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Tuesday, September 30, 2014

Food program helps Culmore residents support their families

Culmore residents collect produce

Many of the families living in the Culmore community would have a hard time feeding their families if it weren’t for the twice-monthly food distribution program organized by the Legal Aid Justice Center.

On a recent rainy Thursday morning, about 80 people, most of them immigrants from Central America, lined up in the parking lot by the 7-Eleven on Glen Carlyn Drive in Bailey’s Crossroads to collect fresh produce – potatoes, cabbages, corn, sweet potatoes, watermelon halves – and packaged meals and drinks, all from the Capital Area Food Bank.

Many of those who came to pick up food are facing severe financial hardships and often face empty cupboards at the end of the month, says Alejandra Caballero, a community developer with the Fairfax County Department of Neighborhood and Community Services. Many Culmore residents are undocumented, and they don’t ask for financial assistance because they don’t want to do anything to jeopardize their chances of having their status adjusted, she says, even though children born in the U.S. are eligible for federal aid.

The Culmore food distribution takes places on the first and fourth Thursday of the month. The owner of the 7-Eleven provides trash bags and cleaning supplies. Day laborers who congregate in front of the store help with the food delivery and cleanup.

The program is not just about handing out food, though. It’s also an opportunity to share information and build community. Claudia Quevedo, a community organizer with the Legal Aid Justice Center, spoke to people waiting in line about various issues, including the recent homicide in Culmore, the status of a lawsuit against the landlord of the Olde Salem Village apartments, upcoming Latino Festival in Seven Corners (Oct. 18 at the Willston Center).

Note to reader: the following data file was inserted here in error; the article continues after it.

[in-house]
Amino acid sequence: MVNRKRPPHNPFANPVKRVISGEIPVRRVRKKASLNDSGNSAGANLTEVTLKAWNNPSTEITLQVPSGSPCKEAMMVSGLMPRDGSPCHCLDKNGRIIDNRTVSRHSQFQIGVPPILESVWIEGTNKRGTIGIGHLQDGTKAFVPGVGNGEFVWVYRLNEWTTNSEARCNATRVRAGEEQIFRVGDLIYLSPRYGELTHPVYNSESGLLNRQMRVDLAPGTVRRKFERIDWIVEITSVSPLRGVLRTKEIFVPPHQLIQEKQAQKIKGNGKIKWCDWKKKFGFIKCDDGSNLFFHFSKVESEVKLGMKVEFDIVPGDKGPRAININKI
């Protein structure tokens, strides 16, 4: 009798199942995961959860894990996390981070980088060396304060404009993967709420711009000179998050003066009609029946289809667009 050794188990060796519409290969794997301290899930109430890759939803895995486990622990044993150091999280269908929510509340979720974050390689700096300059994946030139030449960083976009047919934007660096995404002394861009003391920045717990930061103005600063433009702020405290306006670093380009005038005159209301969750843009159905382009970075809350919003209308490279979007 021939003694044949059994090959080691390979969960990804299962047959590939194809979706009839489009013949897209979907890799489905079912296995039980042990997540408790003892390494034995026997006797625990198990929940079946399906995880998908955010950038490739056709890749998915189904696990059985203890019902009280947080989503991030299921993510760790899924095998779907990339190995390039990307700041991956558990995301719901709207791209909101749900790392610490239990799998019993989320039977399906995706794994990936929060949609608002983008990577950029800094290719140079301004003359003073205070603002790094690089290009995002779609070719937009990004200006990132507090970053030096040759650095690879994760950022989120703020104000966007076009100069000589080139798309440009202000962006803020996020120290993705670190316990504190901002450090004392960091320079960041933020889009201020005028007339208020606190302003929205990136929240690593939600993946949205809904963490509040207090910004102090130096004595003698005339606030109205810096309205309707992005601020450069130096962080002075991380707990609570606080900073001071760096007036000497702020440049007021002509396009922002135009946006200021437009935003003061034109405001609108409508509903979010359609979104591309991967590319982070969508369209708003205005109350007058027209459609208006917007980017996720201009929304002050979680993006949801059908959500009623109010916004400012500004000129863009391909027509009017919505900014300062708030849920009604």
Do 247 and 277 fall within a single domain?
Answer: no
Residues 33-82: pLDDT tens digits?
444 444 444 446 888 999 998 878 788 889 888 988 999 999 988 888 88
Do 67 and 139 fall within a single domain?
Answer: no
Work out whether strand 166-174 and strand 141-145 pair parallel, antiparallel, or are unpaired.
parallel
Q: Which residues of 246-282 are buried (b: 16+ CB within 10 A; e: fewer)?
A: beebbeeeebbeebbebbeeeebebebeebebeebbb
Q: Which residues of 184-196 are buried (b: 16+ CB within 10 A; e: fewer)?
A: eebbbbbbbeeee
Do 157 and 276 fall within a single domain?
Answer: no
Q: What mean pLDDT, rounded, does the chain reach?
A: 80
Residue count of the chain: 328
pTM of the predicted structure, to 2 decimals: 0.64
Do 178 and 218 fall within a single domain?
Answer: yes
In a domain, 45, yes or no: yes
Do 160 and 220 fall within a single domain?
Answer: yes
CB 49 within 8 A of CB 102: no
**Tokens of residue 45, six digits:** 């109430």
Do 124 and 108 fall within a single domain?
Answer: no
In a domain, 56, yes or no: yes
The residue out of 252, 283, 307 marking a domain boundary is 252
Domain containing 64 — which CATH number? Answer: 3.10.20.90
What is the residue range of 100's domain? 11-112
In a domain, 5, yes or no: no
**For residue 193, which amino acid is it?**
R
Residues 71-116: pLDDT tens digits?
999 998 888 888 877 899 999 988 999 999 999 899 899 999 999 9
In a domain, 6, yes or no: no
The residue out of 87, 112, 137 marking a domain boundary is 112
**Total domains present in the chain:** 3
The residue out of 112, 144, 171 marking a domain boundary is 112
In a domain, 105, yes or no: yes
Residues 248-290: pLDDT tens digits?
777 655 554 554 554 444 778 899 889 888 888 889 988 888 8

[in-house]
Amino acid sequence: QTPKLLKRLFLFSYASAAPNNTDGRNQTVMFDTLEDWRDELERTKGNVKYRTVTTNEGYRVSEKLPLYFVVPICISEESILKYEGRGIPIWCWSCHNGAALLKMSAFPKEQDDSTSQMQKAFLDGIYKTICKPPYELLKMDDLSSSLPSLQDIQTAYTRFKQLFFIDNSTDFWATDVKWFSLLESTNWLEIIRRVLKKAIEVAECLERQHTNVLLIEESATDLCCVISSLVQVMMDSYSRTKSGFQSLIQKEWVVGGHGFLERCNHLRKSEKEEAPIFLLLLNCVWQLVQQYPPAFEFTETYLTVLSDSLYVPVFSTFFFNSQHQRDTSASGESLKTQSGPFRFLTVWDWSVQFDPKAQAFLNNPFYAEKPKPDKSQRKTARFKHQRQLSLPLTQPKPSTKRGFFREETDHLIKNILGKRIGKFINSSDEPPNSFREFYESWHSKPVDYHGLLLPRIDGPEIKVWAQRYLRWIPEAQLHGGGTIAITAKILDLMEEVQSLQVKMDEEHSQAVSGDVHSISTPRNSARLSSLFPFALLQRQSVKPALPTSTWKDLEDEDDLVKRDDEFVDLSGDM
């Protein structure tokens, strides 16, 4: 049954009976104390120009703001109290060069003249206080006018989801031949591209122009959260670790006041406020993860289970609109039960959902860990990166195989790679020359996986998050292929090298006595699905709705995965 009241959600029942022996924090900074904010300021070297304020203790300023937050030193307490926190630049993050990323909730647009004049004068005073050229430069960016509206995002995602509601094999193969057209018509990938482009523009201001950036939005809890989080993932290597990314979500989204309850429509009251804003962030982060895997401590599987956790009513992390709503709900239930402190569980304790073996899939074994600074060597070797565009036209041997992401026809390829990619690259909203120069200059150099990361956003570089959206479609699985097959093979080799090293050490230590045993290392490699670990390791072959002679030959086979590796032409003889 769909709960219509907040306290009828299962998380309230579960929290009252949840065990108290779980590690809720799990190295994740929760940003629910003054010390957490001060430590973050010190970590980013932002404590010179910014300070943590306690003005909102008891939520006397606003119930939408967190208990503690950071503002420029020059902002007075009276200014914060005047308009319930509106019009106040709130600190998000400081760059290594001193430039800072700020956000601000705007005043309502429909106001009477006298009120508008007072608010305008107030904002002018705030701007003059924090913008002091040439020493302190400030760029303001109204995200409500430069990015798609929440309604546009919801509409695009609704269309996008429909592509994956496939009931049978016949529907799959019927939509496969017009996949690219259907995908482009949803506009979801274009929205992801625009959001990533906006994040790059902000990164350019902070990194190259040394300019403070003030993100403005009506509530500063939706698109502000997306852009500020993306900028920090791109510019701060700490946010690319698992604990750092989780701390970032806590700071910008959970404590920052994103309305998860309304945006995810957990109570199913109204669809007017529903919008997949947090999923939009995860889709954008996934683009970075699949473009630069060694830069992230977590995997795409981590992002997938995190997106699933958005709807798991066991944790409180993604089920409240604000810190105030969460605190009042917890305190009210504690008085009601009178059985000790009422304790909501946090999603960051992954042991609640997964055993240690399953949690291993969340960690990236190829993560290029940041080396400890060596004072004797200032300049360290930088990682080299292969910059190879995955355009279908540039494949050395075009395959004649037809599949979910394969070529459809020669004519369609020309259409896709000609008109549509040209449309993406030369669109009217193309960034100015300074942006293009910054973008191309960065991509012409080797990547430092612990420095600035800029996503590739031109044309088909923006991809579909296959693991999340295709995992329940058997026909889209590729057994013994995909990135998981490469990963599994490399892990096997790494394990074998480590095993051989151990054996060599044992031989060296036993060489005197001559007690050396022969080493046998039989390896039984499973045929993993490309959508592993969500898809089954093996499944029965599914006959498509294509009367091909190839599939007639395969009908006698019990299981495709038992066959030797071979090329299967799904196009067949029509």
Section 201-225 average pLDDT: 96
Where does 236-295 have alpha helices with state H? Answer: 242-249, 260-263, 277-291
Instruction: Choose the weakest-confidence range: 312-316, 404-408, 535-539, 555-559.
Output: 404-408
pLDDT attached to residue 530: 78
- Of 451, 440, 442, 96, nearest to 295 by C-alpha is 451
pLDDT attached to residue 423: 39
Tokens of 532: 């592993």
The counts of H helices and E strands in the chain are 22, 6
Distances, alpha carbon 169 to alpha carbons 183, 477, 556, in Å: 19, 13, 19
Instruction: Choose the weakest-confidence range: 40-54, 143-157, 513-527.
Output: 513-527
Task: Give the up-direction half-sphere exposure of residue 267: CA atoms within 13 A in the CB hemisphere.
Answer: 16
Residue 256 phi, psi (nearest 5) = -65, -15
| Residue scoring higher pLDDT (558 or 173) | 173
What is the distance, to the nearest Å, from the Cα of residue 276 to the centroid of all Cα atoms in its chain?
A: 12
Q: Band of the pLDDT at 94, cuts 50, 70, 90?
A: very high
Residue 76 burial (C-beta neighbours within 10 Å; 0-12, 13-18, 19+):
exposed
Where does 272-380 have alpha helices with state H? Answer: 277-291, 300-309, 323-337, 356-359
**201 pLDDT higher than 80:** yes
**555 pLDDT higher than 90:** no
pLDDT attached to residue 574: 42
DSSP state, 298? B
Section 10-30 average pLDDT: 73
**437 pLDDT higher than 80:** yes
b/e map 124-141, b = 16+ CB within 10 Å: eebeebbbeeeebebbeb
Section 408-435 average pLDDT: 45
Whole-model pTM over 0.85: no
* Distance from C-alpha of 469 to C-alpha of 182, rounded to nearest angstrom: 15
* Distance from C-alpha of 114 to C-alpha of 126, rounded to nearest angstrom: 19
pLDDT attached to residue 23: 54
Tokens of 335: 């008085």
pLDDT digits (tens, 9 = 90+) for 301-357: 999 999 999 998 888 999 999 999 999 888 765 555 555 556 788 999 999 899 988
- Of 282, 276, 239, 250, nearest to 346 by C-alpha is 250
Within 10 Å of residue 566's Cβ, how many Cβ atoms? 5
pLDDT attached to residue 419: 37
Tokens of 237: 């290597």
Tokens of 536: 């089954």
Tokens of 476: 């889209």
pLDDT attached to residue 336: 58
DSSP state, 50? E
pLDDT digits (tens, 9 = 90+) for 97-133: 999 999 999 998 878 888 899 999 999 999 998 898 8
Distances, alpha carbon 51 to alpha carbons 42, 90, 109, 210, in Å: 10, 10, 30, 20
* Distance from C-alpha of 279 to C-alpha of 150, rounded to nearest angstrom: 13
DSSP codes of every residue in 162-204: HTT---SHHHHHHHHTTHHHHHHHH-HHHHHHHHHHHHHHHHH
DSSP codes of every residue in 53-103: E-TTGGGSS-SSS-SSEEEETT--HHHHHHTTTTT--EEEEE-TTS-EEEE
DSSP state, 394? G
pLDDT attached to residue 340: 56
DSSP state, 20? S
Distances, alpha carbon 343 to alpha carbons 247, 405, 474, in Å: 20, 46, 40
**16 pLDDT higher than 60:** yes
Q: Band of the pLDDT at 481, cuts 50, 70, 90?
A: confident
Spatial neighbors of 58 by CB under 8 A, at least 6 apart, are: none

The Legal Aid Justice Center, a group that provides legal representation to low-income people, also distributes food from the Capital Area Food Bank at the end of  Wadsworth Court in the Fairmont Gardens apartments in Annandale on the second and third Wednesday of the month.
The center recently moved its Falls Church office from the BB&T building in Seven Corners to 6066 Leesburg Pike in the same building housing the temporary quarters of the Woodrow Wilson Library during the library renovation.


  1. This program probably works just like the ones in McLean, Great Falls, Oakton, and Vienna...oh wait, they're not in Mason District so no one there fits the profile.

    1. The profile of needing a Starbucks and a CVS every three blocks?

  2. Fascinating how every response to what's happening in Mason District is to talk about how awful it is here, and every response to potential investment in Mason District is to complain about how it will change Mason District. From the tone of the posts, I suspect--despite the contradictions--that they come from the same folks.